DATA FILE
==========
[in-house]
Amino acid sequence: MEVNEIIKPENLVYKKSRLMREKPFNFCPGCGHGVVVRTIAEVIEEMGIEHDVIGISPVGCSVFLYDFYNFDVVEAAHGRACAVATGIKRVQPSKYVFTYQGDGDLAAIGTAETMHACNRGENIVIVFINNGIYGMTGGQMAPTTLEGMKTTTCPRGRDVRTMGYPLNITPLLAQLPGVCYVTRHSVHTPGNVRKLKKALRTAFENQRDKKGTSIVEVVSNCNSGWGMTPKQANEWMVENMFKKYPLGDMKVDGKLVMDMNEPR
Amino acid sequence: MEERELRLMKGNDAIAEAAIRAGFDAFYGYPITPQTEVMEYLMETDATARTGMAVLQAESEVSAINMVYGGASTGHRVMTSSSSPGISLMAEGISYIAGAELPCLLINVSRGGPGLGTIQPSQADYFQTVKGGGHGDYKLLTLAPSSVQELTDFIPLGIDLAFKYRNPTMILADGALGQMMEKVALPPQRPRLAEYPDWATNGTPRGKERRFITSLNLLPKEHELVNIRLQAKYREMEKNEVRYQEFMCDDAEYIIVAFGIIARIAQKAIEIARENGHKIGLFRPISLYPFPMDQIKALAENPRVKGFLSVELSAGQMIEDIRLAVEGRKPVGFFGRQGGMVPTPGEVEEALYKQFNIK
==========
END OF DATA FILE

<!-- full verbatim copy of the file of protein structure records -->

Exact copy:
[in-house]
Amino acid sequence: MEVNEIIKPENLVYKKSRLMREKPFNFCPGCGHGVVVRTIAEVIEEMGIEHDVIGISPVGCSVFLYDFYNFDVVEAAHGRACAVATGIKRVQPSKYVFTYQGDGDLAAIGTAETMHACNRGENIVIVFINNGIYGMTGGQMAPTTLEGMKTTTCPRGRDVRTMGYPLNITPLLAQLPGVCYVTRHSVHTPGNVRKLKKALRTAFENQRDKKGTSIVEVVSNCNSGWGMTPKQANEWMVENMFKKYPLGDMKVDGKLVMDMNEPR
Amino acid sequence: MEERELRLMKGNDAIAEAAIRAGFDAFYGYPITPQTEVMEYLMETDATARTGMAVLQAESEVSAINMVYGGASTGHRVMTSSSSPGISLMAEGISYIAGAELPCLLINVSRGGPGLGTIQPSQADYFQTVKGGGHGDYKLLTLAPSSVQELTDFIPLGIDLAFKYRNPTMILADGALGQMMEKVALPPQRPRLAEYPDWATNGTPRGKERRFITSLNLLPKEHELVNIRLQAKYREMEKNEVRYQEFMCDDAEYIIVAFGIIARIAQKAIEIARENGHKIGLFRPISLYPFPMDQIKALAENPRVKGFLSVELSAGQMIEDIRLAVEGRKPVGFFGRQGGMVPTPGEVEEALYKQFNIK